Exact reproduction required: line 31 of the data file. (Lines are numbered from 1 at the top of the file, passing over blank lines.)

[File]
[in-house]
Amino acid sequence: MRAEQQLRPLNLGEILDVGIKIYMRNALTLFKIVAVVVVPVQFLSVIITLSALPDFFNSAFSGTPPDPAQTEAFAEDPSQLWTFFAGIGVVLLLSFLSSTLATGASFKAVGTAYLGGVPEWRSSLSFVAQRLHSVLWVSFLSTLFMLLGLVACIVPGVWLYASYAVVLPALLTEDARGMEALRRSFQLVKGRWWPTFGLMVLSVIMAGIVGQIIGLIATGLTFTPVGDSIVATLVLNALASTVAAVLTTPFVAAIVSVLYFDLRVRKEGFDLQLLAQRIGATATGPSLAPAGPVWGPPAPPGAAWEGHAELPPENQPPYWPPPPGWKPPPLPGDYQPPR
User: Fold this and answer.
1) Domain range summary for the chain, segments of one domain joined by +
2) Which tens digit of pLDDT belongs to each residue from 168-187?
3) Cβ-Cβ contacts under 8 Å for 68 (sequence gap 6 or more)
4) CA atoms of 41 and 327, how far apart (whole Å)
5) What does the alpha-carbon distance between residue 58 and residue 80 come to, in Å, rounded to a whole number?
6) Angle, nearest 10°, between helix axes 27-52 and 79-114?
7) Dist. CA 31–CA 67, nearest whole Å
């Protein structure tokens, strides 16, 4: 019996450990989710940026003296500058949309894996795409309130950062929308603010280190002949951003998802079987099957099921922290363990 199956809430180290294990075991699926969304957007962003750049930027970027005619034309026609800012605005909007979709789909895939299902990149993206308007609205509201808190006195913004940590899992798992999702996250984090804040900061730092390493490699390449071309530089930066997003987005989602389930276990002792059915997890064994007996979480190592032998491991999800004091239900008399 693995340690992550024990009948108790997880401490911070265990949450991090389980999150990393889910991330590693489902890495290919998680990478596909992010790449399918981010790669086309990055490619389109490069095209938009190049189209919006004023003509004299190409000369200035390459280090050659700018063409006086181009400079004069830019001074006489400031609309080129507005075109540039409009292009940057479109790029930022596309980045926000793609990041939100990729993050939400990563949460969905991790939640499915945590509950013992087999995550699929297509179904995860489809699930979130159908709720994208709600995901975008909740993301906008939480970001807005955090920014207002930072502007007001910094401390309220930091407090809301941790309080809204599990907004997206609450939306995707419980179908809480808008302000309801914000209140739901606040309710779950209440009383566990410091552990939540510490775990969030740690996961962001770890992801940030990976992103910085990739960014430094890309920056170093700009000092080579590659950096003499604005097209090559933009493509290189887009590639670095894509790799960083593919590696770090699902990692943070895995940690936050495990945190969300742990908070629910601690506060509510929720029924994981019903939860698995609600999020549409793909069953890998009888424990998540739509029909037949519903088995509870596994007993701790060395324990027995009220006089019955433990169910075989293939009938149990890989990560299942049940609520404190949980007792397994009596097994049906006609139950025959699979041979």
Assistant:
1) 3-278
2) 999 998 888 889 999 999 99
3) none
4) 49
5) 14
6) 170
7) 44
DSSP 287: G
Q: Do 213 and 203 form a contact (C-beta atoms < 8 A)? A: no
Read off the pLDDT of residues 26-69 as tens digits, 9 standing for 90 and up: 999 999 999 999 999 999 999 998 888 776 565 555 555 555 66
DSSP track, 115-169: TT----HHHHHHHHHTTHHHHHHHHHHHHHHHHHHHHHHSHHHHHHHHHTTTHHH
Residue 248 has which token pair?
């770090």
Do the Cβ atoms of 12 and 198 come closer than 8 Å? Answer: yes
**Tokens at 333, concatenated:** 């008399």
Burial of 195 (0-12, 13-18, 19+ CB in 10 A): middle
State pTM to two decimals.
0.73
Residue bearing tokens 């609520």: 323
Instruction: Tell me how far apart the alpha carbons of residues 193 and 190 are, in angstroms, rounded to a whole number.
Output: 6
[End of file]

Residue bearing tokens 């609520």: 323